Posted Tuesday, Sept. 6, 2011, at 2:00 PM
Still trying to figure out what to be when you grow up? According to psychologists at Penn State University, the answer to that question was determined in part while you were still in the womb.
Psych professor Sheri A. Berenbaum and her team recently published the results of a study in which they claim that a person’s exposure to certain sex hormones in utero strongly predicts career choices made later in life. Specifically, Berenbaum thinks she’s figured out why girls don’t like science: "...maybe women aren’t going into [Science, Technology, Engineering or Math] careers because what they’re interested in—people—isn’t consistent with an interest in STEM careers."
This assumption—that women like working with "people" (as teachers, etc.) while men like working with "things" (as scientists, etc.)—is the core of this experiment’s design, and unfortunately, it’s rotten. Before I get to that, though, a word on the study’s methodology. In order to test the effects of hormones, the researchers studied female and male teenage and young adults who had congenital adrenal hyperplasia (CAH)—a genetic condition that results from being exposed to an excess of the male sex hormone androgen while in utero—in comparison to their non-CAH siblings. According to this and previous studies’ findings, women with CAH tend to have interests “similar to stereotypically male ones.”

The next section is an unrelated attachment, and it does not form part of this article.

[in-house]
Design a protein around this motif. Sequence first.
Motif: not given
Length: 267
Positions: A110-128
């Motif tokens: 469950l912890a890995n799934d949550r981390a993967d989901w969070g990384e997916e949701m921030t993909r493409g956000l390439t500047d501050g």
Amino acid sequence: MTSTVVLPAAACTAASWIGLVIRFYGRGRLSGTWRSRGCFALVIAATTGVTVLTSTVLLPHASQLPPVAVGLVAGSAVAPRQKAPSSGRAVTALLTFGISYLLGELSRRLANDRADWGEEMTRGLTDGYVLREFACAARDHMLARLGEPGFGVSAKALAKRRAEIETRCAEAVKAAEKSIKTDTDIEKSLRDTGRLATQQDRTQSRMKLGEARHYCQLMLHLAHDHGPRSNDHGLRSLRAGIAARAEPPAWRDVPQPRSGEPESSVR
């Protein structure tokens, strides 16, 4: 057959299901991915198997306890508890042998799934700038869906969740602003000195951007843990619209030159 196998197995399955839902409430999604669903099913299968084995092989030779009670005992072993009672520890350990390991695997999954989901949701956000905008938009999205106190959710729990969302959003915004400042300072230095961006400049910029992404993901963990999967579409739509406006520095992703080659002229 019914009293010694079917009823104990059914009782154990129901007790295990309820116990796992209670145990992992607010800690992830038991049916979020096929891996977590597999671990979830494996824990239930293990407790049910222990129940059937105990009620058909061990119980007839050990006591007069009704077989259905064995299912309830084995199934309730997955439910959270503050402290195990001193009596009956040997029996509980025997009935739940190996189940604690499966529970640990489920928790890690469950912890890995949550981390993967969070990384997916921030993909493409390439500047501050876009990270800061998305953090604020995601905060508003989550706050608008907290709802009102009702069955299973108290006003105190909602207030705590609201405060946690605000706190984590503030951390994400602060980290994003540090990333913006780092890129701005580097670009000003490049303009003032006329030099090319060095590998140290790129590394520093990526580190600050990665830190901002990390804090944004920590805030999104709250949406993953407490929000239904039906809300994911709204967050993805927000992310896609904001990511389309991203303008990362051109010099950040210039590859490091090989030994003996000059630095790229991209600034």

While the researchers attribute this tendency to what amounts to a chemical effect, it seems odd to totally exclude the possibility that gendered preferences for careers might just be the product of a society built on strongly gendered expectations. And moreover, the “nurture-over-nature” point is arguably even more crucial when dealing with CAH subjects: It’s likely that women who exhibit more biologically masculine characteristics (while remaining genetically female) from a young age might be treated as such (to some degree), or, conversely, rebel against the “feminine” constraints they were forced to live in during their childhood. It’s just too complicated to attribute a thing as slippery and contingent as “stereotypical male [or female]” tendencies to biology.
Like that horrible test they give you in high school that categorizes you as “artistic” or “investigative” (and a version of which, incidentally, was used as the rating questionnaire in the Penn State study), this kind of science deals in simplistic categories and even baser assumptions, ignoring the messy complexity of real human beings. To be sure, women are underrepresented in the STEM fields, but the remedy will not be found by treating them more like things than people.